Document Detail


Treatment of overweight in children and adolescents: does dieting increase the risk of eating disorders?
MedLine Citation:
PMID:  15856498     Owner:  NLM     Status:  MEDLINE    
Abstract/OtherAbstract:
OBJECTIVE: Overweight is a serious health problem in children and adolescents. Some investigators fear that dieting, the principal method of reducing body weight, may precipitate eating disorders and related complications. This review examined the literature on the effects of dieting on eating behavior and psychological status in youth. METHOD: Electronic databases were searched for articles containing combinations of the following keywords: weight loss, dieting, treatment, overweight, obesity, anorexia, bulimia, binge eating, eating disorder, children, and adolescents. A manual search of reference lists also was conducted. RESULTS: Five relevant studies were found. Their findings suggest that a professionally administered weight loss poses minimal risks of precipitating eating disorders in overweight children and adolescents. Significant improvements in psychological status also were observed in several studies. DISCUSSION: Concerns about potential ill effects of dieting should not dissuade overweight youth from pursuing sensible methods of weight loss.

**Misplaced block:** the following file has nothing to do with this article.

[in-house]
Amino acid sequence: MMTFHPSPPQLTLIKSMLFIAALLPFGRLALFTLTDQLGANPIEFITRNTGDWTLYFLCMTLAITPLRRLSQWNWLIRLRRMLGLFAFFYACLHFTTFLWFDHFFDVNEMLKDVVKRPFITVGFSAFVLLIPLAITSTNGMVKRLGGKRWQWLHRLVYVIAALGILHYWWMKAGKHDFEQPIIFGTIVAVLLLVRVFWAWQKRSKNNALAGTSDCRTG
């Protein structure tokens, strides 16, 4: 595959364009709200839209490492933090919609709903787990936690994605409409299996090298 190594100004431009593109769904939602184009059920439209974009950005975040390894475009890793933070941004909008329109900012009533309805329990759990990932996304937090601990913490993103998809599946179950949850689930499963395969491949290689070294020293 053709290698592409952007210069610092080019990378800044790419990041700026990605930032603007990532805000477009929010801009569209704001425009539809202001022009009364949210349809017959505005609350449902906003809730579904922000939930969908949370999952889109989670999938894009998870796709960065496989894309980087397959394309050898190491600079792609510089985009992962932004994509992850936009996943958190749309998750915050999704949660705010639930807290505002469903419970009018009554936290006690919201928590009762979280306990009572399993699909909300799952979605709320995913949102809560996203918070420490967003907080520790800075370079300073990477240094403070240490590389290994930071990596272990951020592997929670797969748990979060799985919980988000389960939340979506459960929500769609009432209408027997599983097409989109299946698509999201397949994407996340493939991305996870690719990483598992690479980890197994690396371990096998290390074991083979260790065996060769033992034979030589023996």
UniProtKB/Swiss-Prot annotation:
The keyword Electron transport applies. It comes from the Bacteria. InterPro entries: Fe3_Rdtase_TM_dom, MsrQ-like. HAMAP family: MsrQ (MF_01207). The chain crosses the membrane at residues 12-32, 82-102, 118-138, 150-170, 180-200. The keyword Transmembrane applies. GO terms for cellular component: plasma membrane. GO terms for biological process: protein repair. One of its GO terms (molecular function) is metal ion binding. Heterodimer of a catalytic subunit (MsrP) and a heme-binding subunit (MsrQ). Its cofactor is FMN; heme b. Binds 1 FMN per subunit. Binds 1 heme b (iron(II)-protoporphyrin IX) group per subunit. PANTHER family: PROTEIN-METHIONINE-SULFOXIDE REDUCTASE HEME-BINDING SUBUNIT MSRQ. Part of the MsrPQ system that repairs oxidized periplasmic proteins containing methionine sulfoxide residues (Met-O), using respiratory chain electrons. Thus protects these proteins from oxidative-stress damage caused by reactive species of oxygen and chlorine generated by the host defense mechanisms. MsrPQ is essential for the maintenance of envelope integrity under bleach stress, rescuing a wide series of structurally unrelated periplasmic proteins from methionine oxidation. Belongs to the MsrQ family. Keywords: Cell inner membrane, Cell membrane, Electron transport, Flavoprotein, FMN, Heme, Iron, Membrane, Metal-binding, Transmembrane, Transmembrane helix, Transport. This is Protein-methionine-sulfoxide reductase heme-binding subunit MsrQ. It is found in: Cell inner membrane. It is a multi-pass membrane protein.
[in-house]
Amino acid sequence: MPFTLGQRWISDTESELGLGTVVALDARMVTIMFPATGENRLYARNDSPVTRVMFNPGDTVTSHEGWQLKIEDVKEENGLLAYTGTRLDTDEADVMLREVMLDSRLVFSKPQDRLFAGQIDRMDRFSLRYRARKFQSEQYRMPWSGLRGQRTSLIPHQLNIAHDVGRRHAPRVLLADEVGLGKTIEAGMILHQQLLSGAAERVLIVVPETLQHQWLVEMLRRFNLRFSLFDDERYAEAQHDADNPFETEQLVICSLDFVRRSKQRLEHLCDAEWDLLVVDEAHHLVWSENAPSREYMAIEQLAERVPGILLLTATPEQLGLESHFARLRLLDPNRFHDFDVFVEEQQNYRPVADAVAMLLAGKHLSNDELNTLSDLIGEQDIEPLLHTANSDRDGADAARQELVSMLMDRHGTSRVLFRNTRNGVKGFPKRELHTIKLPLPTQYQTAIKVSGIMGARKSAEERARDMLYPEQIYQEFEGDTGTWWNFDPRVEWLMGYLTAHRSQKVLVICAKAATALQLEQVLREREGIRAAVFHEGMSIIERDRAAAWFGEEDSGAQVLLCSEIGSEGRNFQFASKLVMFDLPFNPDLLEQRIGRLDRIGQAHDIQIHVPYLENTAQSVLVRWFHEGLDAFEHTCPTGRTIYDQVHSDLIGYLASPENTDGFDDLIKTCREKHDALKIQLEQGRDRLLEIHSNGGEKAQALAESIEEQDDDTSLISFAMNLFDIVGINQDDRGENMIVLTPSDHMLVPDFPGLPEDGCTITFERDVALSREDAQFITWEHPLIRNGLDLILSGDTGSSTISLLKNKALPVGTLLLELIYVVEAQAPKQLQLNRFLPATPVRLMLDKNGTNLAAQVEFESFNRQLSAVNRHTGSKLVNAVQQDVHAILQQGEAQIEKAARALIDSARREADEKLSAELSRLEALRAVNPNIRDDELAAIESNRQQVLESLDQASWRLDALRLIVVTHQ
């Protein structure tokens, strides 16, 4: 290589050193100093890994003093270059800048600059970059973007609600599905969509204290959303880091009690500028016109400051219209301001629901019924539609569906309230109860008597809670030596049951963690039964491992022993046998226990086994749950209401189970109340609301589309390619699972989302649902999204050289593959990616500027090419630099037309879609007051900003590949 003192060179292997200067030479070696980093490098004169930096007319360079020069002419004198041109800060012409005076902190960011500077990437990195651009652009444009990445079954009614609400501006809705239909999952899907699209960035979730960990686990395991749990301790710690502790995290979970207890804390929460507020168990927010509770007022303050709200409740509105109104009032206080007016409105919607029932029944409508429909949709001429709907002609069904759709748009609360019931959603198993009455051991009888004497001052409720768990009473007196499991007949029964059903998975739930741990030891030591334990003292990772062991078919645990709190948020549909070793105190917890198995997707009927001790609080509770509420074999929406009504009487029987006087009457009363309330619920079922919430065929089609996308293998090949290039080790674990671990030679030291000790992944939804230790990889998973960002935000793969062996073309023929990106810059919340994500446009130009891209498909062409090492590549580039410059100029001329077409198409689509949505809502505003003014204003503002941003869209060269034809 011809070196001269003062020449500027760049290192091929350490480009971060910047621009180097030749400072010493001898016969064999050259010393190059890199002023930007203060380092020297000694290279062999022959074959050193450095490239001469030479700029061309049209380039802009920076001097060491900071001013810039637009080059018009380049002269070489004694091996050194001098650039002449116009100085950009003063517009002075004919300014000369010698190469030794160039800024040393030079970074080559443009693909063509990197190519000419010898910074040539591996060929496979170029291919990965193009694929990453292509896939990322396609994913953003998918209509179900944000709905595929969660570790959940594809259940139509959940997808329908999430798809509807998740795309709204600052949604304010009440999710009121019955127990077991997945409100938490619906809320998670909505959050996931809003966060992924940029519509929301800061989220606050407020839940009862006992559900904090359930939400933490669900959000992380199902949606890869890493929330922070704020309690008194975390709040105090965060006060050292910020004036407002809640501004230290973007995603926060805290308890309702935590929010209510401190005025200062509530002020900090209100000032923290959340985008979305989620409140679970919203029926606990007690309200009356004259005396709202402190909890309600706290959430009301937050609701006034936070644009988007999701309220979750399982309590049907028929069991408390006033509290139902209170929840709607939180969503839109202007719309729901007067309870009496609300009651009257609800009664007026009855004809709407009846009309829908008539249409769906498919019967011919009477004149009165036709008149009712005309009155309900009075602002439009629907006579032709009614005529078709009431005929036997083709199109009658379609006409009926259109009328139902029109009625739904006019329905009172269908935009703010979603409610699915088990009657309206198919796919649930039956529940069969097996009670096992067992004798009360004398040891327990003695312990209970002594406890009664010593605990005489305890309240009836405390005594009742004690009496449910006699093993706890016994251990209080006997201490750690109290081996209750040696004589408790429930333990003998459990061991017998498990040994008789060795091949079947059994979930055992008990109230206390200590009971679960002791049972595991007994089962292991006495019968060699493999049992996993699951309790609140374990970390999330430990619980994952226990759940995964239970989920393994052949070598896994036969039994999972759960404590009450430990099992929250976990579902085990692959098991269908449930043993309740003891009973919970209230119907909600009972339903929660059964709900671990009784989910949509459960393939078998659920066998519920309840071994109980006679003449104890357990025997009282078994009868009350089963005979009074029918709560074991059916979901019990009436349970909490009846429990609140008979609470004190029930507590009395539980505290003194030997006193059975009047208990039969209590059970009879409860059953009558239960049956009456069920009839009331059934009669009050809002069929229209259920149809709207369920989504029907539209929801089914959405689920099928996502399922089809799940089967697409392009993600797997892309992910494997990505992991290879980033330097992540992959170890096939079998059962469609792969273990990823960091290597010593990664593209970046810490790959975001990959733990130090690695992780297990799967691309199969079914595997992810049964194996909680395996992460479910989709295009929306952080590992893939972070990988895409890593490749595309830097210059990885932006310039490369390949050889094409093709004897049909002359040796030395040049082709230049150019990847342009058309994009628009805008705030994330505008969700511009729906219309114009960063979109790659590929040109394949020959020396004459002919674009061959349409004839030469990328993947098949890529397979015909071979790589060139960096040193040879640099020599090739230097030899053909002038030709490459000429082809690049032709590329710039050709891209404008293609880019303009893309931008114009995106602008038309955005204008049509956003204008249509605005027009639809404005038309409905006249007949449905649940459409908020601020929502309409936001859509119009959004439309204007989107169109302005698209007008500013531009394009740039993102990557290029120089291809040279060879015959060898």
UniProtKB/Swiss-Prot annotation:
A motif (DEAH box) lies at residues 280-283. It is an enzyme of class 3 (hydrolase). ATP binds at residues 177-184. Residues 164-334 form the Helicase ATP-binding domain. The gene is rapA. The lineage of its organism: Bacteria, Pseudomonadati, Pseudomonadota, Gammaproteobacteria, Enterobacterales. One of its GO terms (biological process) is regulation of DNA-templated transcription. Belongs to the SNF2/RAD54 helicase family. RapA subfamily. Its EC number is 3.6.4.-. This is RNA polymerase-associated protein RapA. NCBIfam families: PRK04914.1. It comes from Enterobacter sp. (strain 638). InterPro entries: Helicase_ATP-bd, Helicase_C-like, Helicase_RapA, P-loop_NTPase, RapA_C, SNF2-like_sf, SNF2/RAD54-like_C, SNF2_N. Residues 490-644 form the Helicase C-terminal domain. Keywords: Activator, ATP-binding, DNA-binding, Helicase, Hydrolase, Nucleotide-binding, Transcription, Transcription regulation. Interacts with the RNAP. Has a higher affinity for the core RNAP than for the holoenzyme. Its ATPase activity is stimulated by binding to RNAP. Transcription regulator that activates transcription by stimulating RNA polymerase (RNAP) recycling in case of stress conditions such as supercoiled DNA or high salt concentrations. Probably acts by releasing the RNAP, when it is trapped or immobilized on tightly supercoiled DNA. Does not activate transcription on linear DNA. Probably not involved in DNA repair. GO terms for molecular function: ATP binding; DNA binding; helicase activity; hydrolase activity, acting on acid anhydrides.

Authors:
Meghan L Butryn; Thomas A Wadden
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Publication Detail:
Type:  Journal Article; Research Support, Non-U.S. Gov't; Research Support, U.S. Gov't, P.H.S.; Review    
Journal Detail:
Title:  The International journal of eating disorders     Volume:  37     ISSN:  0276-3478     ISO Abbreviation:  Int J Eat Disord     Publication Date:  2005 May 
Date Detail:
Created Date:  2005-05-02     Completed Date:  2005-08-08     Revised Date:  2006-11-15    
Medline Journal Info:
Nlm Unique ID:  8111226     Medline TA:  Int J Eat Disord     Country:  United States    
Other Details:
Languages:  eng     Pagination:  285-93     Citation Subset:  IM    
Copyright Information:
Copyright 2005 by Wiley Periodicals, Inc
Affiliation:
Department of Psychology, Drexel University, Philadelphia, Pennsylvania, USA.
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MeSH Terms
Descriptor/Qualifier:
Adolescent
Behavioral Symptoms / etiology
Child
Diet, Reducing / adverse effects*,  psychology
Eating Disorders / etiology*,  psychology
Feeding Behavior / psychology
Humans
Obesity / diet therapy*
Risk Factors

From MEDLINE®/PubMed®, a database of the U.S. National Library of Medicine


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